I left my glasses in a green canvas tent, 50 kilometers deep into Chobe Game Reserve in Botswana. And I did not panic or swear or even, really, get upset.
If they read this blog post, my friends and family back home will wonder what happened to the real Kris during her study abroad adventure to Zambezi, Zambia. She is not the calm one, never the calm one, they will think She is the one who churns with anxiety about things big and small. I frequently joke with my closest friends that worry is my happy place.
I don’t know why I felt so calm when I lost the glasses that guide me each morning to my first cup of coffee and the newspaper and relax me when I put them on at day’s end to read myself to sleep. I don’t know why I felt so calm when I was sweaty behind the wheel of an aging Toyota Land Cruiser, stuck in a bog of sand and mud, with 11 Gonzaga students crammed in the back. I don’t know why I felt so calm when an elephant stomped his foot and lowered his head, readying himself to charge our bus, which had backed up to watch him strip leaves from a tree alongside the road. I don’t know why I felt so calm when a giraffe walked within 10 feet of my backside. (I know they are peaceable creatures, but they possess a mighty kick, or so I am told.)
I do know that this trip has been a bit of a reckoning for me, a moment from the weary words of Yeats. “The center cannot hold.”
Life in Zambia has forced me to slow the frantic pace that is my constant companion in Spokane, to loosen my bondage to the “now.” I can’t go now because the bus isn’t here, and Lord knows when it will be. I can’t eat now because the electricity is off, and Lord knows when it’s coming back. I can’t take a cold (read: numbing) shower now because the water has stopped flowing from the cistern, and Lord knows when it will flow again.
In Zambezi, life moves at the pace required in that moment. I walked a Zambian friend home after we’d had tea at the parish. She gave me a pumpkin and insisted on carrying it back to my temporary home. I drove a man to the place where he would ride a dugout boat across the Zambezi River, and he asked that I stop when he saw in the market the sweet potatoes he wanted for the following day’s breakfast. I asked the tailor about my chitenge dress, and she said she would bring it at 15 hours, or 17, or maybe 19. Or maybe tomorrow.
I am not sure how or when it happened, when my frantic soul decided to take a deep and dusty breath of Zambian air and exhale slowly. But I did, and I felt a peace I long for in the states.
Before my friends rush out to buy new, brightly colored clothes for the somber-dressing me, I should offer a few caveats about my experience in Zambezi. I remain deeply forlorn–even more so now–by the ravages of colonialism that keep a heavy foot on the back of the native people. I remain uncomfortable with the missionary work that robbed locals of their old ways while dangling new ways just out of reach. I am deeply confused about the right way the United States should provide aid to developing countries. I am angry that my country’s arrogance has tried (unsuccessfully, always unsuccessfully) to convince me the people in Zambia and other countries on this continent aren’t like us who live in our shining city upon a hill.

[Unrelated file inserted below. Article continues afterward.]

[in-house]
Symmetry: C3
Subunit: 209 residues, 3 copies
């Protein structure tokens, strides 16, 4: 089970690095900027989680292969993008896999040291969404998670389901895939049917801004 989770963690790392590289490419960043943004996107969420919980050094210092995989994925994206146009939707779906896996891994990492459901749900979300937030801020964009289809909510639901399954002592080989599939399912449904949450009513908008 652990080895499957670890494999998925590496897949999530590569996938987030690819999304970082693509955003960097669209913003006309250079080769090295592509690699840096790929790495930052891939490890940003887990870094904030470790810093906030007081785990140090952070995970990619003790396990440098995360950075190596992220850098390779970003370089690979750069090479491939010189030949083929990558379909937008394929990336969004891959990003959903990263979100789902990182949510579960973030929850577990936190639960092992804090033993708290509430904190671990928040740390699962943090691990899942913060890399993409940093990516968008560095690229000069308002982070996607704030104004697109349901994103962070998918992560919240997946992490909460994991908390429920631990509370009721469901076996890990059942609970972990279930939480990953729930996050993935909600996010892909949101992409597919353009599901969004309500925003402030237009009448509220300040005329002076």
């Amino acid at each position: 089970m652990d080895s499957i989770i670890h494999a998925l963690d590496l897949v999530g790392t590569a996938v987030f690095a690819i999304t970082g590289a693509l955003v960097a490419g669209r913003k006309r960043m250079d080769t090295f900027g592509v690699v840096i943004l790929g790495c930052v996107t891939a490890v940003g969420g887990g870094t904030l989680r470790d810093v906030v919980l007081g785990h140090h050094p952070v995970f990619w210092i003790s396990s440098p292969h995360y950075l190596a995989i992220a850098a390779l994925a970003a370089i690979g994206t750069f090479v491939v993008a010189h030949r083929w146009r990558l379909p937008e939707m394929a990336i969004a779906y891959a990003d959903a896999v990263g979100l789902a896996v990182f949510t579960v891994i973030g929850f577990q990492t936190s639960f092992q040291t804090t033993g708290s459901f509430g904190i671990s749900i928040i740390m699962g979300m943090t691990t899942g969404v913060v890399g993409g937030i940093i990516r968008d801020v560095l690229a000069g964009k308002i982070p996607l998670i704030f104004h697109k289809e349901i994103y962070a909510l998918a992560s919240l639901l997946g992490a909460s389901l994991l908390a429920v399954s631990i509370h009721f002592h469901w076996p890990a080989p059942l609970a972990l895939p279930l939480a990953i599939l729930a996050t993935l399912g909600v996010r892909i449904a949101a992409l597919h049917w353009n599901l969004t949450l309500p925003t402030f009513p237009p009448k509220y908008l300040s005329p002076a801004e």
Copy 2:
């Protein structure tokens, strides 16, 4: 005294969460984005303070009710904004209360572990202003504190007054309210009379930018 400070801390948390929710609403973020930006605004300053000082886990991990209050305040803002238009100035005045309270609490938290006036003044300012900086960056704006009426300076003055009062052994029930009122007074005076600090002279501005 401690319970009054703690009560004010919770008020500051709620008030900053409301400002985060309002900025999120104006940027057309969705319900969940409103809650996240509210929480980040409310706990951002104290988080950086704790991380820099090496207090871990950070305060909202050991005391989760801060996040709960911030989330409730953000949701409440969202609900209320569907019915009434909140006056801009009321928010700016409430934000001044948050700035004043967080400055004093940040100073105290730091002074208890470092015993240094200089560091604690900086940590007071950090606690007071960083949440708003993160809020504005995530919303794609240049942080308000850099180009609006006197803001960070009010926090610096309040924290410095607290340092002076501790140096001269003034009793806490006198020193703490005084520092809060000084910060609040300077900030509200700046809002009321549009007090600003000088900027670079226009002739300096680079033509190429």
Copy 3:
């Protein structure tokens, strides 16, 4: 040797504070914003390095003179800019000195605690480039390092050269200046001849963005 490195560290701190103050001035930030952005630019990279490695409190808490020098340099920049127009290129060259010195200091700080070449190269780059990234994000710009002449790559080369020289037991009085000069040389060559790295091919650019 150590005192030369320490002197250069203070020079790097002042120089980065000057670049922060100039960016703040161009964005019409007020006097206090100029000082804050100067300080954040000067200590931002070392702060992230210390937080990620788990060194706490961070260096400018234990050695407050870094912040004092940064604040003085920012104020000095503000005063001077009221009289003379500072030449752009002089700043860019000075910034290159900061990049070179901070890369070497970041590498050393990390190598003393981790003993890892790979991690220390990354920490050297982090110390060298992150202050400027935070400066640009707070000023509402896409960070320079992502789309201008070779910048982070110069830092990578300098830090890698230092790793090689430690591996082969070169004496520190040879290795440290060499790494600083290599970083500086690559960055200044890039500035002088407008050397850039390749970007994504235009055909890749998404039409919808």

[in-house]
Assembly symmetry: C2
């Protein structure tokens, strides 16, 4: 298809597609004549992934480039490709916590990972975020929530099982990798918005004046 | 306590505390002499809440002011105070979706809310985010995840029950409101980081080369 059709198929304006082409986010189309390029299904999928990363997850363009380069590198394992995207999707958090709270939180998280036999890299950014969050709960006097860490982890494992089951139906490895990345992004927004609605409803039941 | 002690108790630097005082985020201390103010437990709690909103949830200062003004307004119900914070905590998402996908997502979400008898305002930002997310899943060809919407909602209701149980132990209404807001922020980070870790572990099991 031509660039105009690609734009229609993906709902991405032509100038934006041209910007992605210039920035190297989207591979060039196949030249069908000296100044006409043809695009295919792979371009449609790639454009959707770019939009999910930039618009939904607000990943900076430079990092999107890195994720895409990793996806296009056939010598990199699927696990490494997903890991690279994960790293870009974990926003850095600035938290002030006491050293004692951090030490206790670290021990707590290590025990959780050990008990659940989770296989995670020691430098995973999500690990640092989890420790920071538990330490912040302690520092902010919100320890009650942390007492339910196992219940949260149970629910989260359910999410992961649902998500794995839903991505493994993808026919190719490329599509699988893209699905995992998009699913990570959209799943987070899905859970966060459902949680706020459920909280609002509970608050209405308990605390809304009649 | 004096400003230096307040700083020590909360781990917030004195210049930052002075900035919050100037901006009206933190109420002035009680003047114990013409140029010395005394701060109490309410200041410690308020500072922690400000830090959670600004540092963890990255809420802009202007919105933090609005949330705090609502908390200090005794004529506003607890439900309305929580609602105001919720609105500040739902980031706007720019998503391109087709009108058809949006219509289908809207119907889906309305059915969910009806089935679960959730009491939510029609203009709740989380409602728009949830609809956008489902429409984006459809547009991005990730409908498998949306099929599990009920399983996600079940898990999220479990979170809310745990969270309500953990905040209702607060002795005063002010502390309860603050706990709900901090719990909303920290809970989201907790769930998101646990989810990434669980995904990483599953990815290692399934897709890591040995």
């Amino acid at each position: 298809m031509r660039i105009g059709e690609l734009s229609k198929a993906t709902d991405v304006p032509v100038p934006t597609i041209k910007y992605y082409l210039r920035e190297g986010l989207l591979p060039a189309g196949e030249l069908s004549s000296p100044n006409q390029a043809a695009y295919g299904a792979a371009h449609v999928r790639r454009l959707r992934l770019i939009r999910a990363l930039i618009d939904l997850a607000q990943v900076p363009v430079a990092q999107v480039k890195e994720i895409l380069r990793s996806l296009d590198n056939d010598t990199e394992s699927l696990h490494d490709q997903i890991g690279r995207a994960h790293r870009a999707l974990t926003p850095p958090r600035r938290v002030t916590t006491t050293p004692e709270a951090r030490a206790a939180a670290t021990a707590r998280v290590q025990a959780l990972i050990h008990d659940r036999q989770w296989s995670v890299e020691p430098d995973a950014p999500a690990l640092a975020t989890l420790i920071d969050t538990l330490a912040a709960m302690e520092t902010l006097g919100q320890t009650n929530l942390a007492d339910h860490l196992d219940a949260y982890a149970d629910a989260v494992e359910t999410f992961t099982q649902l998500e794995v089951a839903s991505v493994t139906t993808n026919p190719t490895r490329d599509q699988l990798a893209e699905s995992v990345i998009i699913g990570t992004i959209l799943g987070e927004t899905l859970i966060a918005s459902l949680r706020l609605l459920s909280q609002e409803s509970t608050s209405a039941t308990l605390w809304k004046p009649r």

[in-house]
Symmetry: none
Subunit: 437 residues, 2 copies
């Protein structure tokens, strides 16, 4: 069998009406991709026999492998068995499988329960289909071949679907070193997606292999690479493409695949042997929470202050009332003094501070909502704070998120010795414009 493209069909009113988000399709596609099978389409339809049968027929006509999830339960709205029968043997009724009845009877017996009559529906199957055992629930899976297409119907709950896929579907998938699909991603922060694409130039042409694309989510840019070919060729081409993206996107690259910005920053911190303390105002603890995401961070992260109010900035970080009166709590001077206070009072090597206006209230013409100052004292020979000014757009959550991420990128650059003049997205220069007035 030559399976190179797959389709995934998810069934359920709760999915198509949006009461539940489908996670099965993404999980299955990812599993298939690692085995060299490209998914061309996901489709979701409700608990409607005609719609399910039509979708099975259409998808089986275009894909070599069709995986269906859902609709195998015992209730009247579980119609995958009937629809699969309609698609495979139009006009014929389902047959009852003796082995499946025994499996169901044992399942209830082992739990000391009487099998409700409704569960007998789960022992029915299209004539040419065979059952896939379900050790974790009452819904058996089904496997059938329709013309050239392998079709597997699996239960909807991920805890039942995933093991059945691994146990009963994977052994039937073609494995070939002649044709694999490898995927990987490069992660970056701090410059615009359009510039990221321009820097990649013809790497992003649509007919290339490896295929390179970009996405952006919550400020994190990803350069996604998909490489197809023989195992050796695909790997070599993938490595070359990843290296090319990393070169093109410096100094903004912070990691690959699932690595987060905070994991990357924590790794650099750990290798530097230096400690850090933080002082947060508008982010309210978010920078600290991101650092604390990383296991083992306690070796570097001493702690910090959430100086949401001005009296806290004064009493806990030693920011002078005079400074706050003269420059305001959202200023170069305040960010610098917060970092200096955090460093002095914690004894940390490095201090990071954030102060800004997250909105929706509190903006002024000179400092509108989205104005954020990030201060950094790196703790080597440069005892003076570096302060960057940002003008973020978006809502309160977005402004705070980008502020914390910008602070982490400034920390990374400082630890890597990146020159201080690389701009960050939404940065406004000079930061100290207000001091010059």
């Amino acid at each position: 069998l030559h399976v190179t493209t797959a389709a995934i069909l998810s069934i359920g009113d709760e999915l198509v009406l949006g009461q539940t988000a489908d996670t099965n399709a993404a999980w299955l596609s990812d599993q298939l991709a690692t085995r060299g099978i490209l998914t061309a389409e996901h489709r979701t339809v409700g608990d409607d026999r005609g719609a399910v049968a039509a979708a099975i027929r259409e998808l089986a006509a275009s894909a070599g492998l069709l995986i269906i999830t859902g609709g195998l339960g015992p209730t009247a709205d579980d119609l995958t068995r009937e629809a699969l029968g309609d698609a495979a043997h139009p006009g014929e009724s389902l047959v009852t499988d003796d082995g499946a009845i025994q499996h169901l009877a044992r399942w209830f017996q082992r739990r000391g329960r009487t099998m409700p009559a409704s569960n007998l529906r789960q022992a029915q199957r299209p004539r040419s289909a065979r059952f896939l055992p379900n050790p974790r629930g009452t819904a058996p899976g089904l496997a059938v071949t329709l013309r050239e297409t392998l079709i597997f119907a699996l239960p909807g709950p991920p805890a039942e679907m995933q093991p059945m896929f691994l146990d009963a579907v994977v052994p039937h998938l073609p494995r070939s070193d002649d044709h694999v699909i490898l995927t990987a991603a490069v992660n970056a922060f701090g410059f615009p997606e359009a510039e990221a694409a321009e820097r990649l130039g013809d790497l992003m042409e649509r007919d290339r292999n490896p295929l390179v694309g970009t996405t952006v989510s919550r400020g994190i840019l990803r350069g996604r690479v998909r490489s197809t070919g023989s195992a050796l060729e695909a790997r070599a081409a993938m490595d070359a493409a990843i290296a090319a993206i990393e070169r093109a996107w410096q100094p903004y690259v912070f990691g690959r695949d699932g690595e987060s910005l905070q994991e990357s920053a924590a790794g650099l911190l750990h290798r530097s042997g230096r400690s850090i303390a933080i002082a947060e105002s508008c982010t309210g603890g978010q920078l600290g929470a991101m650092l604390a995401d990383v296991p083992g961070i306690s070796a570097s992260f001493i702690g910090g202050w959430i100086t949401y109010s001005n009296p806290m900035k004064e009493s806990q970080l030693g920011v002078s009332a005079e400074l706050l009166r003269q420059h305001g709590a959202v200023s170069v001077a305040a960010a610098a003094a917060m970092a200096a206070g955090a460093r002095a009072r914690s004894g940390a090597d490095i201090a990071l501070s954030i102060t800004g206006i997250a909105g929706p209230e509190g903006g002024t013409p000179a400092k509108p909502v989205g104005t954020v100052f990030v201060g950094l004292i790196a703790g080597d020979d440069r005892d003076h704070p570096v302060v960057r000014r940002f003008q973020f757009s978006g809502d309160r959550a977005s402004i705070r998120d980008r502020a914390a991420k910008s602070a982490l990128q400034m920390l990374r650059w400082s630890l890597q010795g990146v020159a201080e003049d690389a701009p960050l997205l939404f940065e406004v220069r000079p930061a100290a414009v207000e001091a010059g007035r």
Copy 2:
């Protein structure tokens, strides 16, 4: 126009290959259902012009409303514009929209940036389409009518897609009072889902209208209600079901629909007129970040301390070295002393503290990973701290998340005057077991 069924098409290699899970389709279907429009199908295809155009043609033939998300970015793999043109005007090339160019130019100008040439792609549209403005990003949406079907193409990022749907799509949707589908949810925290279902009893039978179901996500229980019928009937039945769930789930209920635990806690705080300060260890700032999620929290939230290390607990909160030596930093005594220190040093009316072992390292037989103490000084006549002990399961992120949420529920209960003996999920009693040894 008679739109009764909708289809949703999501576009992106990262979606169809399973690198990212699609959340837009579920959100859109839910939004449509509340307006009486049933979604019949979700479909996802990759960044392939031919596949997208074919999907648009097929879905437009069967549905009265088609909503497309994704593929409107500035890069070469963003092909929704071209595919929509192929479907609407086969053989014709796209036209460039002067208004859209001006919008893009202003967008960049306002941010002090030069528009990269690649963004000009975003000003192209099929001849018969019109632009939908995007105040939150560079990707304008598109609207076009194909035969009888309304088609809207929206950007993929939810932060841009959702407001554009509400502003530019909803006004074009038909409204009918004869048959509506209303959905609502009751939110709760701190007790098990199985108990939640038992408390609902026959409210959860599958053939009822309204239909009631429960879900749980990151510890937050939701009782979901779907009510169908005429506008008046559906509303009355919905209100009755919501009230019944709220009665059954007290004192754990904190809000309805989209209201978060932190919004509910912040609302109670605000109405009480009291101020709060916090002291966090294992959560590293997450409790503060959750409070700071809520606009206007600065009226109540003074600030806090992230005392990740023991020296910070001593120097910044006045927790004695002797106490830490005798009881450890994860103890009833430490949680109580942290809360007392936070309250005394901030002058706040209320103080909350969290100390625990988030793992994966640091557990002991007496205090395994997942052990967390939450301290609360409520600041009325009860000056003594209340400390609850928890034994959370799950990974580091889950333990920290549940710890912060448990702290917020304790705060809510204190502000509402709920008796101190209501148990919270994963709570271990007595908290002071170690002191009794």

What I am convinced of is the goodness of the Zambezi people who welcomed me to their town and into their homes. The people who shared their stories and asked me to share mine. The people who cooked for me and cleaned for me and cheerfully greeted me in the market. While I know this all may sound annoyingly positive, that is my experience. I know they can’t all be kind, but I never met a person in Zambezi who didn’t treat me with far more generosity than I earned.
I am also convinced by the goodness of this program and the relationships Josh and his crew have cultivated these past 11 years. You see the fruits in the local’s stories about taking the basic computing course that later helped them get a job. You see it in their faces when they share the business plans they developed in class. You see it in the tears of the Chilena students as they say farewell to their Gonzaga teachers.
While I have so missed my family and my friends, I am deeply grateful for the time I spent in Zambezi with the 19 students who gleefully embraced this hard and heartening experience, who cried with me and laughed with me and gracefully tolerated my motherly presence. I would gladly claim each of them as my own if their parents weren’t desperate to have them back.
In a few weeks, I can assure you, I will again be moving frantically through the aisles of Target in search of some material item I am sure will change my life. A new face cream. A new book. A new exercise ball. I hope, for just a second, that I pause in my reach and remember Zambezi and the people–the locals and students and faculty–who reminded me that things don’t changes lives. What truly changes us is the recognition of our shared humanness, the African notion of Ubuntu. “I am what I am because of who we all are.”
By the way, my glasses came back to me today. I return to my family on Friday. Tomorrow, I begin my travels home with an odd mix of feelings–a sadness at leaving here alongside a longing for my family and pets, a cold glass of milk, and a Netflix binge of “The Unbreakable Kimmy Schmitt.”
Kris Morehouse, Communication faculty